Finally, thank you to my foundational authors. To Anne McCaffery who made me into a dragon-girl. To Mercedes Lackey who fed my id on a diet of pure squee. To Meredith Ann Pierce who skewered my perception of how fairy tales are supposed to end. To Katherine Kurtz who saved my life, inspired me to take up Highland dance, and taught me that villains have valid perspectives. To Jessa MacBeth, who provided me with a whole host of friends and guides. And to Connie Willis, who taught me that feminist can be the least scary word in any story.

I'm certain I've missed folks, and it isn't for lack of gratitude. This has been a long journey, and I neglected to take notes on who helped me along the way because when I started, I had no idea where I was going. I'll do better next time!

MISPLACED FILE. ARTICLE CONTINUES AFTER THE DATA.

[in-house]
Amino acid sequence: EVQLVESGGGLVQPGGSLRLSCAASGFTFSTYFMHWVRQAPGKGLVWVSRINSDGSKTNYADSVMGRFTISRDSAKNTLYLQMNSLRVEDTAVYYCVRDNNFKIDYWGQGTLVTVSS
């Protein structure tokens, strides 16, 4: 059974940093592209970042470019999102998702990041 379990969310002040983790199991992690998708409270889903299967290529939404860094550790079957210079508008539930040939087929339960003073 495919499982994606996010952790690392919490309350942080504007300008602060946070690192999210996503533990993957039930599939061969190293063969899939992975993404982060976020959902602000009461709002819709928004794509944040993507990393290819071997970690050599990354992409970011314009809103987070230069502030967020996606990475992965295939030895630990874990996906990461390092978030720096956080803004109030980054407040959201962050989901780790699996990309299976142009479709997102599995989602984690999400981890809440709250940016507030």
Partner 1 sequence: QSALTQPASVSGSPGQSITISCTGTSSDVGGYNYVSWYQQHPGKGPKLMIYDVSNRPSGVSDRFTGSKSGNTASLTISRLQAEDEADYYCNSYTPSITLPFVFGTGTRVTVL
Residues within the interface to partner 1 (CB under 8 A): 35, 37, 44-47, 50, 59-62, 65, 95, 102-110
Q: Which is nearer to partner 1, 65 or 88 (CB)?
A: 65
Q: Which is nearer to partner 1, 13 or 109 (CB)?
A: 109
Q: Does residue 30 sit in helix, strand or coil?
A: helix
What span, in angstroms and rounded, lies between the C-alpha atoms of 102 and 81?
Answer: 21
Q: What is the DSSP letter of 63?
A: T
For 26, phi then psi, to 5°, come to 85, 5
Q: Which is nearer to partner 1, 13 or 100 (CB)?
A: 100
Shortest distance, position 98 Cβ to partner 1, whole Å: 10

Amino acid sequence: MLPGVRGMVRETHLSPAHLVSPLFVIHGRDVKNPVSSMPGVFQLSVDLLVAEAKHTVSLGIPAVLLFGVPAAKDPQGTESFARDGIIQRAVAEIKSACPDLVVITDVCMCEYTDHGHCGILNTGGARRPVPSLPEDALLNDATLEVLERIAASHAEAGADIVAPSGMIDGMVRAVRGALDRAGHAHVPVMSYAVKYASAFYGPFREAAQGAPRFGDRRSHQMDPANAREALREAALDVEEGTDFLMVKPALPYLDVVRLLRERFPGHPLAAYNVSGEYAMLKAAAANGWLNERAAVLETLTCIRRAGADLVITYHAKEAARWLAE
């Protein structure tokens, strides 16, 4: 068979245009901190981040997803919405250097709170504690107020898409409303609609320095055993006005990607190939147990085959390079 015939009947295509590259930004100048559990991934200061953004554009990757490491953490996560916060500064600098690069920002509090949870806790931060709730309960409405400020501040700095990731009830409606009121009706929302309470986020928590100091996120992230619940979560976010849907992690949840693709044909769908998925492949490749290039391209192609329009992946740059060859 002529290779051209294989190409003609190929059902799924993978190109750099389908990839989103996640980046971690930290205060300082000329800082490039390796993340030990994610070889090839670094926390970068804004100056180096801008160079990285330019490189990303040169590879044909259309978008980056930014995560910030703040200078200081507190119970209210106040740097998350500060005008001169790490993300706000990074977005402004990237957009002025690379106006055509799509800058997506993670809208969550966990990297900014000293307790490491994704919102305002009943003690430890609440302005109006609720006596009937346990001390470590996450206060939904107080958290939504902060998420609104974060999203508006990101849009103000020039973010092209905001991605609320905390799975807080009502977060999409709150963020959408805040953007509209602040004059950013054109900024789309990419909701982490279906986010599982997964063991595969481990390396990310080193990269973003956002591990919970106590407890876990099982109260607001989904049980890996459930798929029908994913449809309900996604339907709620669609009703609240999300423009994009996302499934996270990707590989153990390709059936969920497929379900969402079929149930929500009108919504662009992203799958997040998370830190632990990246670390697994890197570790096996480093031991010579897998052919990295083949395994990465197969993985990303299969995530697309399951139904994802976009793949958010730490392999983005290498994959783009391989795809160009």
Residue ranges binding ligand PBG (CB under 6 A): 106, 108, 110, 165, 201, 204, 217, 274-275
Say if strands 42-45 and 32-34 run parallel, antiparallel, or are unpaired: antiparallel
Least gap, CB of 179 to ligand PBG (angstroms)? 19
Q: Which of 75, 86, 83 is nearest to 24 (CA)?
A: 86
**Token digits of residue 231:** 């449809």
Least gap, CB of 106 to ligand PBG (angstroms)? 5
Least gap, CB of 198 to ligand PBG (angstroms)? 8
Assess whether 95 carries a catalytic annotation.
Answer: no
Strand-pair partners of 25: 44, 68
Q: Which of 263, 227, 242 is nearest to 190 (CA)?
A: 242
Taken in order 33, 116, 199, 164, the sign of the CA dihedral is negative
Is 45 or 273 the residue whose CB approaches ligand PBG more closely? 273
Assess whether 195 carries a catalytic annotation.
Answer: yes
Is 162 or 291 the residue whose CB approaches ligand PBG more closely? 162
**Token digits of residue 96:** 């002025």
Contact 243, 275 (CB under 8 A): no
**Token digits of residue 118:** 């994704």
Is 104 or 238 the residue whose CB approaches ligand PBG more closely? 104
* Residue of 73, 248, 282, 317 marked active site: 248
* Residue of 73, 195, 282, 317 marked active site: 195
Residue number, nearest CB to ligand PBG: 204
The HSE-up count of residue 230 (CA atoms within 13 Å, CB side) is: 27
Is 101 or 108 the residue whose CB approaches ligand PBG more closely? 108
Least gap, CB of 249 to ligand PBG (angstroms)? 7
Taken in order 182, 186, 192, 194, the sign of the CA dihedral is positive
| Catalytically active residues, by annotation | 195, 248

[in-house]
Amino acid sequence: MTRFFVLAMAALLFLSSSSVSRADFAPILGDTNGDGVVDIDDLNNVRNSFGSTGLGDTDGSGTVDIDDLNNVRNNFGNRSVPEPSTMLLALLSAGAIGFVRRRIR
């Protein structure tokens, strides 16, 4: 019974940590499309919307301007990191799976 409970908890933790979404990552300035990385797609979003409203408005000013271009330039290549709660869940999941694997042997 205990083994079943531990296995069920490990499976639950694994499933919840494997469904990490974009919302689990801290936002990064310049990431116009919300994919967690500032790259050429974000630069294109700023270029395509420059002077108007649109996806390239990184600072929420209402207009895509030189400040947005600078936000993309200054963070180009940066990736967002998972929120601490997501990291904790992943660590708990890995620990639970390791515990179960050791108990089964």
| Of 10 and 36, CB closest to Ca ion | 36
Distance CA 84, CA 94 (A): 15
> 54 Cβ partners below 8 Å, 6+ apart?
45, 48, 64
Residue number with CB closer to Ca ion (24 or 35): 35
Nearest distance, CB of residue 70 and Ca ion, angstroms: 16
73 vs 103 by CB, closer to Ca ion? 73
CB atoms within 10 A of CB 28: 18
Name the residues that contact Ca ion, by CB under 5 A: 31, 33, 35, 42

About the Author

A
lyc Helms did
her graduate work in anthropology and folklore, which makes her useless for just about anything except writing. She lives and writes in a dilapidated beach bungalow outside San Francisco, USA, near a horse trail, a troll bridge, and a raptor preserve (hopefully of the veloci-variety).
The Dragons of Heaven
is her debut novel – soon to be joined by
The Conclave of Shadow.

teleidoplex.com • twitter.com/teleidoplex

A
NGRY ROBOT

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C
opyright © Alyc
Helms 2015

C
over by Amazing15

Set by Epub Services

D
istributed
in the United States by Random House, Inc., New York.

A
ll rights reserved
.

A
ngry Robot is
a registered trademark and the Angry Robot icon a trademark of Watkins Media Ltd.

T
his is a work of fiction
. Names, characters, places, and incidents are the products of the author's imagination or are used fictitiously. Any resemblance to actual events, locales, organizations or persons, living or dead, is entirely coincidental.

U
K ISBN 978
0 85766 432 7

US ISBN 978 0 85766 433 4
Ebook ISBN 978 0 85766 434 1
BOOK: The Dragons of Heaven
3.9Mb size Format: txt, pdf, ePub
ads